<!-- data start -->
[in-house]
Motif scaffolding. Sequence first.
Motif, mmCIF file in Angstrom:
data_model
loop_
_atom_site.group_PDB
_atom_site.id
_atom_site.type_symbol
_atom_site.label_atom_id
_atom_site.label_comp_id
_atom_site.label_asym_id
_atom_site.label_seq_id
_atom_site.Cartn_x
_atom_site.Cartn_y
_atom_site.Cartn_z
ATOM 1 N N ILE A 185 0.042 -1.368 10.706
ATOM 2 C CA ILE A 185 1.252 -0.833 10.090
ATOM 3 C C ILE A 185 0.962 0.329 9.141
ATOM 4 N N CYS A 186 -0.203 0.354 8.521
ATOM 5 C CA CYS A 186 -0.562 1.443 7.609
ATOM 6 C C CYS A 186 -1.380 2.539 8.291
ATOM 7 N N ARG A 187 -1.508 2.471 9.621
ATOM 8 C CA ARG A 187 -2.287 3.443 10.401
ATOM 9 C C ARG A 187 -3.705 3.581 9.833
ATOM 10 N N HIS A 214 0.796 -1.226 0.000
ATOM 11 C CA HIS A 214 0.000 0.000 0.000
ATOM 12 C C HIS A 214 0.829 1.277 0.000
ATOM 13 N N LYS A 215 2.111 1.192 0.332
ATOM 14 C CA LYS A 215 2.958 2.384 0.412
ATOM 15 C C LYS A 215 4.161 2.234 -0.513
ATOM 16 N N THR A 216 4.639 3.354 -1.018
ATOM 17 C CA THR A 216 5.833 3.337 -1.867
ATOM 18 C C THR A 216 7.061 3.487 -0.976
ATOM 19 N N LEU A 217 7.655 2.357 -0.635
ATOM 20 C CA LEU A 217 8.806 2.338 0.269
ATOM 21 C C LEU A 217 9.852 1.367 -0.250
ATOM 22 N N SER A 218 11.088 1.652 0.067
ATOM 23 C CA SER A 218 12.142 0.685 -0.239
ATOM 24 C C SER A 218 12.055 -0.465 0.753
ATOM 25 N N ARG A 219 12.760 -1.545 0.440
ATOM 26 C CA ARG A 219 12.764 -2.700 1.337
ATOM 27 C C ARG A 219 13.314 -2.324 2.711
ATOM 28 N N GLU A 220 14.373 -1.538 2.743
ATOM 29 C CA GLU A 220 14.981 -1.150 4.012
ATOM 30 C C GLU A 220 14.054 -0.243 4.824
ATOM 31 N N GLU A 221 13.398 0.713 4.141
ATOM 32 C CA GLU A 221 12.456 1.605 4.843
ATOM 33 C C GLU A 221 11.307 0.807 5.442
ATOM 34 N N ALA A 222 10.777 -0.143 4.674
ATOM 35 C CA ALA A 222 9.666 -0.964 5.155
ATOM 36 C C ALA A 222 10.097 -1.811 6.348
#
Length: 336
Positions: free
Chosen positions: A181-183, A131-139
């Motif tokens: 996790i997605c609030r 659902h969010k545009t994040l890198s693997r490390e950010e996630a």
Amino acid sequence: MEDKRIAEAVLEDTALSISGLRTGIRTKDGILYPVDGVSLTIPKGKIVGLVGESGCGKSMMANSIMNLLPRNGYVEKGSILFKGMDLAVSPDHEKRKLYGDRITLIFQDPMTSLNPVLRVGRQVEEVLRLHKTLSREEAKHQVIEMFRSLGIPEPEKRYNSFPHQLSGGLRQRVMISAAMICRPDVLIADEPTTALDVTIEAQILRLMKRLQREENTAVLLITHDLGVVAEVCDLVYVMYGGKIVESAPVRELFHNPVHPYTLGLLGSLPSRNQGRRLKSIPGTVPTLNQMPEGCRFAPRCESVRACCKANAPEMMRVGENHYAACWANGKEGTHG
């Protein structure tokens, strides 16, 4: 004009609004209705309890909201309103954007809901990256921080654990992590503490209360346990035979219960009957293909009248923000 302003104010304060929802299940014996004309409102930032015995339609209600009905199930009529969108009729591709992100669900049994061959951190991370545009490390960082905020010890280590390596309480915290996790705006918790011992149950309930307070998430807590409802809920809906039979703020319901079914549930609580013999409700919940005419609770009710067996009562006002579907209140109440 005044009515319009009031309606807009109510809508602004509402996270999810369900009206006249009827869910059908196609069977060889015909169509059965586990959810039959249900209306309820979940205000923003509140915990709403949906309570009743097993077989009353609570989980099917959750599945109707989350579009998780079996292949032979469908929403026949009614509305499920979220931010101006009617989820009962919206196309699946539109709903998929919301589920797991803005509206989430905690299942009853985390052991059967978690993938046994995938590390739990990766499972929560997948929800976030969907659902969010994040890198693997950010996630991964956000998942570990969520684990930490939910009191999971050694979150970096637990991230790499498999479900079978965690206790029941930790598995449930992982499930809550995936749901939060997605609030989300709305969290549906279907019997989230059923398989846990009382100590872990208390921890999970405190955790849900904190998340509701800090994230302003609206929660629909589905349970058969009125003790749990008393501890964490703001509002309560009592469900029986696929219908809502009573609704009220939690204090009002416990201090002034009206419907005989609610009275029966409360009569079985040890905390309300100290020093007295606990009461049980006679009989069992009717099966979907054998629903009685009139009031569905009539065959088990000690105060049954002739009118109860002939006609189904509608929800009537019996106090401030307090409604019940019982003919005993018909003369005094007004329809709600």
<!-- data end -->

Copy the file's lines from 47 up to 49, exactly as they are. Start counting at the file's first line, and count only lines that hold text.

ATOM 32 C CA GLU A 221 12.456 1.605 4.843
ATOM 33 C C GLU A 221 11.307 0.807 5.442
ATOM 34 N N ALA A 222 10.777 -0.143 4.674